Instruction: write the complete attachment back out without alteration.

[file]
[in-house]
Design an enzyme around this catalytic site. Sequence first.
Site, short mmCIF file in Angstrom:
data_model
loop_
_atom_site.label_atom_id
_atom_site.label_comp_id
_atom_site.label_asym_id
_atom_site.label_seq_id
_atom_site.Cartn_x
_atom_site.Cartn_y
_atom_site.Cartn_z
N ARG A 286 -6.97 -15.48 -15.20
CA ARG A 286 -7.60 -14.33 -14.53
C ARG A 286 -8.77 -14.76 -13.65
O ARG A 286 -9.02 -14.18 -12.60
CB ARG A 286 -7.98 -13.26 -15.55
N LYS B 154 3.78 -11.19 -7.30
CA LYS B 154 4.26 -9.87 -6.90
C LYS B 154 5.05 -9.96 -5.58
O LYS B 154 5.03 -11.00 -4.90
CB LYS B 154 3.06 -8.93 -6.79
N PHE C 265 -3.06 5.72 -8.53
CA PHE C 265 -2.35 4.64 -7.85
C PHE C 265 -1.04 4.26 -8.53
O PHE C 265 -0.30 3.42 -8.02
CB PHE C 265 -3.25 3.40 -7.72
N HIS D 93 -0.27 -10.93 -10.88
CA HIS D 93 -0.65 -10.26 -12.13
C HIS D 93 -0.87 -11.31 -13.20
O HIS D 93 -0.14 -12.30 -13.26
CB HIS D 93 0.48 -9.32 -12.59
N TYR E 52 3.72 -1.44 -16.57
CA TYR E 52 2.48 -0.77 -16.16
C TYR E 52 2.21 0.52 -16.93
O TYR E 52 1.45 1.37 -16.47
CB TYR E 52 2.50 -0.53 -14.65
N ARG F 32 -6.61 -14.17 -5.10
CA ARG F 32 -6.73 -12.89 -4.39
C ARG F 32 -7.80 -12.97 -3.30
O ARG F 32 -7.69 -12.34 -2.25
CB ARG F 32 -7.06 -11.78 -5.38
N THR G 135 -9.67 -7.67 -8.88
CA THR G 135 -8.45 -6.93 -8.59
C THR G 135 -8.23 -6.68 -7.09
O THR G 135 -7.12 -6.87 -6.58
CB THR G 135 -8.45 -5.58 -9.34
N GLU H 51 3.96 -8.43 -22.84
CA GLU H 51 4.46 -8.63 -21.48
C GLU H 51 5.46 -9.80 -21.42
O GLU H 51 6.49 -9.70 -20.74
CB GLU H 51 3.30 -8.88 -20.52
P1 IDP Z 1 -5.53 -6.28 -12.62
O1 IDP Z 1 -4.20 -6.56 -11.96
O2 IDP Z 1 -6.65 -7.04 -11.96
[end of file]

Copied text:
[in-house]
Design an enzyme around this catalytic site. Sequence first.
Site, short mmCIF file in Angstrom:
data_model
loop_
_atom_site.label_atom_id
_atom_site.label_comp_id
_atom_site.label_asym_id
_atom_site.label_seq_id
_atom_site.Cartn_x
_atom_site.Cartn_y
_atom_site.Cartn_z
N ARG A 286 -6.97 -15.48 -15.20
CA ARG A 286 -7.60 -14.33 -14.53
C ARG A 286 -8.77 -14.76 -13.65
O ARG A 286 -9.02 -14.18 -12.60
CB ARG A 286 -7.98 -13.26 -15.55
N LYS B 154 3.78 -11.19 -7.30
CA LYS B 154 4.26 -9.87 -6.90
C LYS B 154 5.05 -9.96 -5.58
O LYS B 154 5.03 -11.00 -4.90
CB LYS B 154 3.06 -8.93 -6.79
N PHE C 265 -3.06 5.72 -8.53
CA PHE C 265 -2.35 4.64 -7.85
C PHE C 265 -1.04 4.26 -8.53
O PHE C 265 -0.30 3.42 -8.02
CB PHE C 265 -3.25 3.40 -7.72
N HIS D 93 -0.27 -10.93 -10.88
CA HIS D 93 -0.65 -10.26 -12.13
C HIS D 93 -0.87 -11.31 -13.20
O HIS D 93 -0.14 -12.30 -13.26
CB HIS D 93 0.48 -9.32 -12.59
N TYR E 52 3.72 -1.44 -16.57
CA TYR E 52 2.48 -0.77 -16.16
C TYR E 52 2.21 0.52 -16.93
O TYR E 52 1.45 1.37 -16.47
CB TYR E 52 2.50 -0.53 -14.65
N ARG F 32 -6.61 -14.17 -5.10
CA ARG F 32 -6.73 -12.89 -4.39
C ARG F 32 -7.80 -12.97 -3.30
O ARG F 32 -7.69 -12.34 -2.25
CB ARG F 32 -7.06 -11.78 -5.38
N THR G 135 -9.67 -7.67 -8.88
CA THR G 135 -8.45 -6.93 -8.59
C THR G 135 -8.23 -6.68 -7.09
O THR G 135 -7.12 -6.87 -6.58
CB THR G 135 -8.45 -5.58 -9.34
N GLU H 51 3.96 -8.43 -22.84
CA GLU H 51 4.46 -8.63 -21.48
C GLU H 51 5.46 -9.80 -21.42
O GLU H 51 6.49 -9.70 -20.74
CB GLU H 51 3.30 -8.88 -20.52
P1 IDP Z 1 -5.53 -6.28 -12.62
O1 IDP Z 1 -4.20 -6.56 -11.96
O2 IDP Z 1 -6.65 -7.04 -11.96